I'll introduce the Cheeger inequality, a fundamental theoretical result
relating the spectrum of a graph to the cost of various quotient cuts.
Then I'll quickly introduce a few worst case examples and use similar
technology to explain the behavior of spectral image segmentation
algorithms. Finally, I'll introduce a family of partitioning methods,
spectral rounding, and apply them to image segmentation tasks. Spectral
rounding produces edge separators of a graph by iteratively reweighting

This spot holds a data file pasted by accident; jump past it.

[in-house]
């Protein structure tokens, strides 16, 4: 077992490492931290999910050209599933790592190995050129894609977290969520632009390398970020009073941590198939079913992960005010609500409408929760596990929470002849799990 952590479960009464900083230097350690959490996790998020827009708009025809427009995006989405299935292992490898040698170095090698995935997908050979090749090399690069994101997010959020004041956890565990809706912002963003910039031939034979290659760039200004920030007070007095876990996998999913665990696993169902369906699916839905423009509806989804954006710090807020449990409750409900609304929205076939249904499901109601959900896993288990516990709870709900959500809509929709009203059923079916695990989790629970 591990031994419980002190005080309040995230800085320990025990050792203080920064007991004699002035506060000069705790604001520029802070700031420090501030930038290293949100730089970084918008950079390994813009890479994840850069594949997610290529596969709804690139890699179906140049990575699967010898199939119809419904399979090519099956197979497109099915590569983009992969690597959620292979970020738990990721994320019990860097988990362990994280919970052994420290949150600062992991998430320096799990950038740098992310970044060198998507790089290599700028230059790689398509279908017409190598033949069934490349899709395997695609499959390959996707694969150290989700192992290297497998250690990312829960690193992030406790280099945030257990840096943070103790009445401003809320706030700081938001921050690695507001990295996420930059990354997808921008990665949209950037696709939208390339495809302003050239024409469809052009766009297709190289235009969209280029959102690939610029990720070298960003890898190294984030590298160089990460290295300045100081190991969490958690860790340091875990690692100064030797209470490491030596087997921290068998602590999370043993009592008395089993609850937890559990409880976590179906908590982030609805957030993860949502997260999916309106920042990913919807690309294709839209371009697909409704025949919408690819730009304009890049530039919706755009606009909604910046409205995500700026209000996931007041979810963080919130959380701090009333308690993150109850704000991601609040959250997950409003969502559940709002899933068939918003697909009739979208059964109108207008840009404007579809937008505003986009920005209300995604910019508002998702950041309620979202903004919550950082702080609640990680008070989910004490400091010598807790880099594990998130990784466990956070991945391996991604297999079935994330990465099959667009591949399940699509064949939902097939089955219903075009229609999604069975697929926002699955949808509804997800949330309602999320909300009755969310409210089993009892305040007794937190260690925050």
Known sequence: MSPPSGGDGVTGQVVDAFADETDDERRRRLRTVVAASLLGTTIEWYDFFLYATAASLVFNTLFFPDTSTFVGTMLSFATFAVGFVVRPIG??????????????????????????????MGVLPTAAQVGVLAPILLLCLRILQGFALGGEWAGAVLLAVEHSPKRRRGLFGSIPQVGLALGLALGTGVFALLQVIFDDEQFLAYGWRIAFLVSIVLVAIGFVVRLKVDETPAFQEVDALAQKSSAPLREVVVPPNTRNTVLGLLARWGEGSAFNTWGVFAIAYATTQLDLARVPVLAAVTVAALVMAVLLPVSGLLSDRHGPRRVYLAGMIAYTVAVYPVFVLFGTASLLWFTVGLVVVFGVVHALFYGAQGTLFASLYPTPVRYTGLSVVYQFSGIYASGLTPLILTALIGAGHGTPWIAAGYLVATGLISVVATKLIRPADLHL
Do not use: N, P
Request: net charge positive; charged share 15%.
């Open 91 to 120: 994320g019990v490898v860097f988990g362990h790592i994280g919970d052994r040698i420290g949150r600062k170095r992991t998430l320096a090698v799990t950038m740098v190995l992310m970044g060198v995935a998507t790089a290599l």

the edges until the graph disconnects into the prescribed number of
components. By directly producing discrete solutions we avoid the use
of heuristic geometric separators (e.g. k-means) in obtaining the cut.
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Pradeep Ravikumar Last modified: Mon Dec 4 10:15:44 EST 2006